Heating capacity is also measured in BTUs.

How loud is an air conditioner?

Most air conditioners run pretty quietly, so don't stress too much about a unit being terribly loud. Most AC window or through-the-wall units, which tend to be the quietest air conditioners, run about 25 decibels, which is quite literally whisper-quiet, while portable air conditioning units can be as loud as 55 decibels, which is approximately as loud as a dishwasher or a normal speaking voice. For comparison, a telephone dial tone is 80 decibels and a jackhammer is 95 decibels, so we aren't talking about anything particularly loud.

Do I want individual room climate control?

The most efficient and flexible system out there for large-scale home cooling is the mini split or ductless air conditioning system. While most of us here in North America tend to rely on central air conditioning if we want a comprehensive home cooling solution, central air systems are pretty energy inefficient and only allow for a single temperature to be maintained throughout the home. That means that if there's any disagreement on temperature, everyone ends up unhappy.

Mini splits offer individual room temperature control for as many as four rooms off a single unit. This means that you get unparalleled flexibility and energy efficiency at minimal cost. These units are widespread in Europe, where they've become the standard over our central air conditioning system, which requires extensive ductwork and takes a long time to begin cooling the home.

Individual room climate control can also be accomplished with individual window AC or wall air conditioning units in each room, but this is profoundly more energy-intensive. Window air conditioning units would be an ideal solution for apartment or home rentals without special permissions to install a mini-split system.

What climate do I live in?

Different climates have different air conditioning requirements. Most moderate climates, such as the Mid-Atlantic, parts of the Pacific Coast, and anywhere else that doesn't feature crazy climate extreme are easily served by most standard air conditioners.

But if you live in, say, the Florida Panhandle, in the marshes of South Carolina, or anywhere else that's notorious for high and heavy humidity, you're going to want to pay attention to an air conditioner's dehumidification power, as that will probably have as much an effect on how comfortable you are as the base temperature, if not more so. Strong dehumidification is usually present in most top-flight systems, but for other systems, it may be necessary to purchases a standalone dehumidifier. You can reduce the need for dehumidification by keeping your unit to "fan off," which will prevent it from blowing in the humidity it's been working so hard to fight.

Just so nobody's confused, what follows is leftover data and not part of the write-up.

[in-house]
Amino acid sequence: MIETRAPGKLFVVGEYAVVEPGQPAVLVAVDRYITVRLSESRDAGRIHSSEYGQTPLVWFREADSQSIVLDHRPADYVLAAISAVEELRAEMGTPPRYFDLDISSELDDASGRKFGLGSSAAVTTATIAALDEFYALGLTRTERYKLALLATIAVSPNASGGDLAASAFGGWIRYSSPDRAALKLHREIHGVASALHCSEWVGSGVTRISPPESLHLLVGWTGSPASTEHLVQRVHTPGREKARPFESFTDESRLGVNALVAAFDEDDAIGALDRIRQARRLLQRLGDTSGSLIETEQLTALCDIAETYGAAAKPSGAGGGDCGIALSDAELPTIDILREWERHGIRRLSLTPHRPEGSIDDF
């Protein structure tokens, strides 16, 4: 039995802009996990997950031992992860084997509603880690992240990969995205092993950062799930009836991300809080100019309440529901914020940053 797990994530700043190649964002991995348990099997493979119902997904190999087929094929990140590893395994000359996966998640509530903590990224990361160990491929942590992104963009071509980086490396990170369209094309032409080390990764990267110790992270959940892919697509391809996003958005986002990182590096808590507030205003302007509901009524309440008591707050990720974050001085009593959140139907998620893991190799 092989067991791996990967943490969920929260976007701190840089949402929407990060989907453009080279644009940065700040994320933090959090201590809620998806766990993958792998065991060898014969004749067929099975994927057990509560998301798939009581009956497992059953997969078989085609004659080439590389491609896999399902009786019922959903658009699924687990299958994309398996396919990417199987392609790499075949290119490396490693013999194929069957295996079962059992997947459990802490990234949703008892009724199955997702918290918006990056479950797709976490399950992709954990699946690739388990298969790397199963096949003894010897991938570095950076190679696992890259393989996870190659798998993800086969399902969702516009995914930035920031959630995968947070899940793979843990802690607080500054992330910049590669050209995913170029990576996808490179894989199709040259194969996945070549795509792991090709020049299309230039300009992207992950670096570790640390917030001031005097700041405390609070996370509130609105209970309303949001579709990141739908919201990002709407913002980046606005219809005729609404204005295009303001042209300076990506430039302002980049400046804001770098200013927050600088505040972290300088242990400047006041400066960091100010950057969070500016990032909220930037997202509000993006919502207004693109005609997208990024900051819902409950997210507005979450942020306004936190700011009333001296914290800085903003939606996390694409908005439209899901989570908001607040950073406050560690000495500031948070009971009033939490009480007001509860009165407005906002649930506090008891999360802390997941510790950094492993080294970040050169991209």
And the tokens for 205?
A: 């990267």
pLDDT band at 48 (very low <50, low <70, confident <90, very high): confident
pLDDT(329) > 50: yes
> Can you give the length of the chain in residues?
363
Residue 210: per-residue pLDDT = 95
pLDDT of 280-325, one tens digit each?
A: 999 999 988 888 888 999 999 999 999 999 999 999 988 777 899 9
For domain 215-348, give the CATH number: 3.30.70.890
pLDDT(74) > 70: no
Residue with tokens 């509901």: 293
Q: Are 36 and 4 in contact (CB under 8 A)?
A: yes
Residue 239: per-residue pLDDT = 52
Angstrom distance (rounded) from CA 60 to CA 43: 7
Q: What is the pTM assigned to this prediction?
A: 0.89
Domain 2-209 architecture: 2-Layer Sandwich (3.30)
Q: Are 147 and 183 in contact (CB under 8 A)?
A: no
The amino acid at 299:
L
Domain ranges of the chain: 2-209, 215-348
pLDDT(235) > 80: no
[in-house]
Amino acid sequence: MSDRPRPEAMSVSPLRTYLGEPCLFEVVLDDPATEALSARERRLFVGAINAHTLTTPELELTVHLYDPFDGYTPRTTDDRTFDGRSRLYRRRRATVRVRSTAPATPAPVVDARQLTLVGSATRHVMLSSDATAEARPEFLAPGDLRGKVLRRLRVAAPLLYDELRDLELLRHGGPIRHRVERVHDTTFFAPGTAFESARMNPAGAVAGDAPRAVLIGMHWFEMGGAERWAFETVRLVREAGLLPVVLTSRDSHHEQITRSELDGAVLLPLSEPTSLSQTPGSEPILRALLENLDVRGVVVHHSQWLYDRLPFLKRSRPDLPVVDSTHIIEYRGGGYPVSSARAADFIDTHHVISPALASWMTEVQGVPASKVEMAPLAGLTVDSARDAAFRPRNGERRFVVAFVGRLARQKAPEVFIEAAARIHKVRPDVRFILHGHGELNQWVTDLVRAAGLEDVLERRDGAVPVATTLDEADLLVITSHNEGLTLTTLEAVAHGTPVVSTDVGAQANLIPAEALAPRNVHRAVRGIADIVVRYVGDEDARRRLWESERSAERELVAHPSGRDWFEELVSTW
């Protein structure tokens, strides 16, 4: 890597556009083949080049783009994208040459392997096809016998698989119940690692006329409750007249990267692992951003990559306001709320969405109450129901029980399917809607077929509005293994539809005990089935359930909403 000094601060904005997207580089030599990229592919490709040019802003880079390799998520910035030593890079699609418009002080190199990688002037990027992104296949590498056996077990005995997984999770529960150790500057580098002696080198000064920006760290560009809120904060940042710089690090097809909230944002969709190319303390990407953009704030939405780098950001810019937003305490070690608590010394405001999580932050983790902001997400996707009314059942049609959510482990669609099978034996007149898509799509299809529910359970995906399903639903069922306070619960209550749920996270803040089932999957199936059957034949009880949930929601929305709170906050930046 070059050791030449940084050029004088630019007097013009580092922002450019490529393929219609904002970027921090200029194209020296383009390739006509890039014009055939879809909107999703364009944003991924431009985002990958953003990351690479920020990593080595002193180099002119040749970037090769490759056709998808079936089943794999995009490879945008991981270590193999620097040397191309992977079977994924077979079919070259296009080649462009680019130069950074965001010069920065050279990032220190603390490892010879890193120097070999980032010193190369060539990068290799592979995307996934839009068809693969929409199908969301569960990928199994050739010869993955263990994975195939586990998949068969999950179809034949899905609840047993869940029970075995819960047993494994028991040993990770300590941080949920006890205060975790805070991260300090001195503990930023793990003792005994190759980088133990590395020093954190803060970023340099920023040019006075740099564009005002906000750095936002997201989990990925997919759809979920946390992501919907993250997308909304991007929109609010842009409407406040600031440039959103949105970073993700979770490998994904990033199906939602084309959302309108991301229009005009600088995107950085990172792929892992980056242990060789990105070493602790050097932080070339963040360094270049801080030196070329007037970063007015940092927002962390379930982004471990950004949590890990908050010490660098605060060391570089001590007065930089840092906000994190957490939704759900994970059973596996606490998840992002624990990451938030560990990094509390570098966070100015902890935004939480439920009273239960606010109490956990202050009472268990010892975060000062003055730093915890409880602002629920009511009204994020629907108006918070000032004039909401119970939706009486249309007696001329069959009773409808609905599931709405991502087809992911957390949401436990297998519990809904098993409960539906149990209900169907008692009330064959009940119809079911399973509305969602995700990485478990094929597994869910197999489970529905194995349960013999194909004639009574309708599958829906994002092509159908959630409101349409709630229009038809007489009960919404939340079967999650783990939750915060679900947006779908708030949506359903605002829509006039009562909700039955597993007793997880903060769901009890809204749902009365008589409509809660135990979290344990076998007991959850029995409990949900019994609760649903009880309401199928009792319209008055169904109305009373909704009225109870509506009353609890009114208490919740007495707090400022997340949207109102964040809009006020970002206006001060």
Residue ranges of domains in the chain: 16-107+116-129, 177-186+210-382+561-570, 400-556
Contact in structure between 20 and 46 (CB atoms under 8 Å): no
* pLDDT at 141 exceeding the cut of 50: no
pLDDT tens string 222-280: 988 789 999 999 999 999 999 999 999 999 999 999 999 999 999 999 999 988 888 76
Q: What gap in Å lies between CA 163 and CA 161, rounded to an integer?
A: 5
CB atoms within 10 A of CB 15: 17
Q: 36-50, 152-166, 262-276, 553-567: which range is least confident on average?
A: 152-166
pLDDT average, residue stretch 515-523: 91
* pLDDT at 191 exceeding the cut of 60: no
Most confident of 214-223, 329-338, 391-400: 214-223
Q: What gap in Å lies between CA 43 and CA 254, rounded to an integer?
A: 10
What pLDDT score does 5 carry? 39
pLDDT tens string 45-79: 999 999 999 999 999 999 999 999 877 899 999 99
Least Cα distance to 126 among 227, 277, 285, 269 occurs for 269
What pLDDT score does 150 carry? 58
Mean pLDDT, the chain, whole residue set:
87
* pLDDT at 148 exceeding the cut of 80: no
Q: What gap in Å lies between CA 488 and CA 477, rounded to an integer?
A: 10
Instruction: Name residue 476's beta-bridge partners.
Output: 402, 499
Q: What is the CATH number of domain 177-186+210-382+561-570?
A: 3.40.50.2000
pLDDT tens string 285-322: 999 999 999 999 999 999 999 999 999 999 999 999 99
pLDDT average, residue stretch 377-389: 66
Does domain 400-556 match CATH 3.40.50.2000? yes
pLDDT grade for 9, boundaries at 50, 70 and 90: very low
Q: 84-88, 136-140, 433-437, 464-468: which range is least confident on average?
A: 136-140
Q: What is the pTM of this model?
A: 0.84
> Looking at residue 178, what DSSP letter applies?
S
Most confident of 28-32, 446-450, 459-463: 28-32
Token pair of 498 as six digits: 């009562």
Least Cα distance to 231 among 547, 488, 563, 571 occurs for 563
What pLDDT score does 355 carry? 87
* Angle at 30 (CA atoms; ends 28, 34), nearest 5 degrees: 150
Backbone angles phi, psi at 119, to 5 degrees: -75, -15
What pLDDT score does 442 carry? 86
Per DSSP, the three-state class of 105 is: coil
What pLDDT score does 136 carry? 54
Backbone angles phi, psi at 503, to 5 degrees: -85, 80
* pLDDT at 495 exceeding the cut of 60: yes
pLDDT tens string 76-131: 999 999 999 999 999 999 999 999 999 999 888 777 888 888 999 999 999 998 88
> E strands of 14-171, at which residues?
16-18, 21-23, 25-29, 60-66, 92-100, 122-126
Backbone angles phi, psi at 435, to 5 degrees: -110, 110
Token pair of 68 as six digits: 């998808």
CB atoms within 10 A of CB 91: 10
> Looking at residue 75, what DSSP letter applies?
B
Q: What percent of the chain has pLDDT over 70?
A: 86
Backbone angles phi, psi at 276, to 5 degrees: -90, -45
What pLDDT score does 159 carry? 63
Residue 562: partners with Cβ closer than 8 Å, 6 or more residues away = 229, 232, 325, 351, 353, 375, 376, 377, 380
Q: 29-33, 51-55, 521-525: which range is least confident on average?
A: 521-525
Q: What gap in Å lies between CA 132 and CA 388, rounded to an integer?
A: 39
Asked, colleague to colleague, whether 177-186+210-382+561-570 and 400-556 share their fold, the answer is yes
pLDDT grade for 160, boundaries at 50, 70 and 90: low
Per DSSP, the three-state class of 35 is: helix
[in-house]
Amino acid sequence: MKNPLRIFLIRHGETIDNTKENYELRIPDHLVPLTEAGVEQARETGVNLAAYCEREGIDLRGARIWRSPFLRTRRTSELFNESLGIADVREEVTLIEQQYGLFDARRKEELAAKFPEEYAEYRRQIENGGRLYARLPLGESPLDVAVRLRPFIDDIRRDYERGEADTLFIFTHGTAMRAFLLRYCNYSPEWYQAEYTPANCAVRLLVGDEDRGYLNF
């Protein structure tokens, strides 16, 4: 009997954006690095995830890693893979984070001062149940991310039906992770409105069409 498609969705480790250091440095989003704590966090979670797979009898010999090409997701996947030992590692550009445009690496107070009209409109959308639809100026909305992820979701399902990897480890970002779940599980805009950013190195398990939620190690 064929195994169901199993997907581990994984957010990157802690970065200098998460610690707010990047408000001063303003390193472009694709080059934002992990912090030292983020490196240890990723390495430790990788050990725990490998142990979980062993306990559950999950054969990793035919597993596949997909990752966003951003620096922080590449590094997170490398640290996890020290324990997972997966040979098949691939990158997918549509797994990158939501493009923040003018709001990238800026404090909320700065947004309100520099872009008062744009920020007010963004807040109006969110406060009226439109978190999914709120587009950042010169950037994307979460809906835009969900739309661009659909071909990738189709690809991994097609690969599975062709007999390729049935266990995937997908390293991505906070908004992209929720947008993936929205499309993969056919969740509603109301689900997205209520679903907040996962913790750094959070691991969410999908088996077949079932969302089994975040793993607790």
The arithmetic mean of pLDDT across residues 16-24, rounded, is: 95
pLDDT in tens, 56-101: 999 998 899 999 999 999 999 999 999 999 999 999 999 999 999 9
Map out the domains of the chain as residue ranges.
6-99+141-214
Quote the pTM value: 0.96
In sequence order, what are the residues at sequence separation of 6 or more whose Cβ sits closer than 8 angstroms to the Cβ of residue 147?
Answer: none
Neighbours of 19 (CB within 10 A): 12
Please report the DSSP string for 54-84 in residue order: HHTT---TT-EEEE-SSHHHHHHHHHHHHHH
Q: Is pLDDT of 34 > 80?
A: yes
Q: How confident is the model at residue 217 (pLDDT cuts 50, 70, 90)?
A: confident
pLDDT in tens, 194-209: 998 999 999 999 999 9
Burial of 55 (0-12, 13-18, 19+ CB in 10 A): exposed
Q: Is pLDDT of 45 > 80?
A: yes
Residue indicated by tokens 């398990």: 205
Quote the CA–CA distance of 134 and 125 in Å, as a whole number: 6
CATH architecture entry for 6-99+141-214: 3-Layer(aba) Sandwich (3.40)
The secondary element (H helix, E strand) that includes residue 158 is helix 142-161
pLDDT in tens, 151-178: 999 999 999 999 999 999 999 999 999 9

Meanwhile, people in Arizona, New Mexico, Nevada, parts of Utah, or anywhere else with a dry, hot climate will want to make sure they're getting the best EER, or energy efficiency rating, they can find, because they're going to be running these units hard for much longer periods of time than someone in Brooklyn or Lansing, so they'll want the most efficient air conditioner they can find.

Can I power this air conditioner safely?

Different amperages make use of different types of plugs and outlets, and it's important when you make your purchase to make sure you're properly equipped to power your new air conditioner. Below is a handy chart of different outlet styles. Most air conditioners will use a 5-15P, 6-15P, 6-20P, or 6-30P.

Click below on the 5-15P, 6-15P, 6-20P, or 6-30P outlets for units that use them:

Voltage for air conditioning units needs to be either 115 or 230/208 volts.

Air conditioners can be very intensive in terms of eating up electric current, so make sure you're giving your air conditioner a dedicated line, or a wall outlet with only a single receptacle. If you can't provide a dedicated line, you need a unit with a maximum of 115 Volts and 7.7 Amperes in order to prevent blowing a fuse.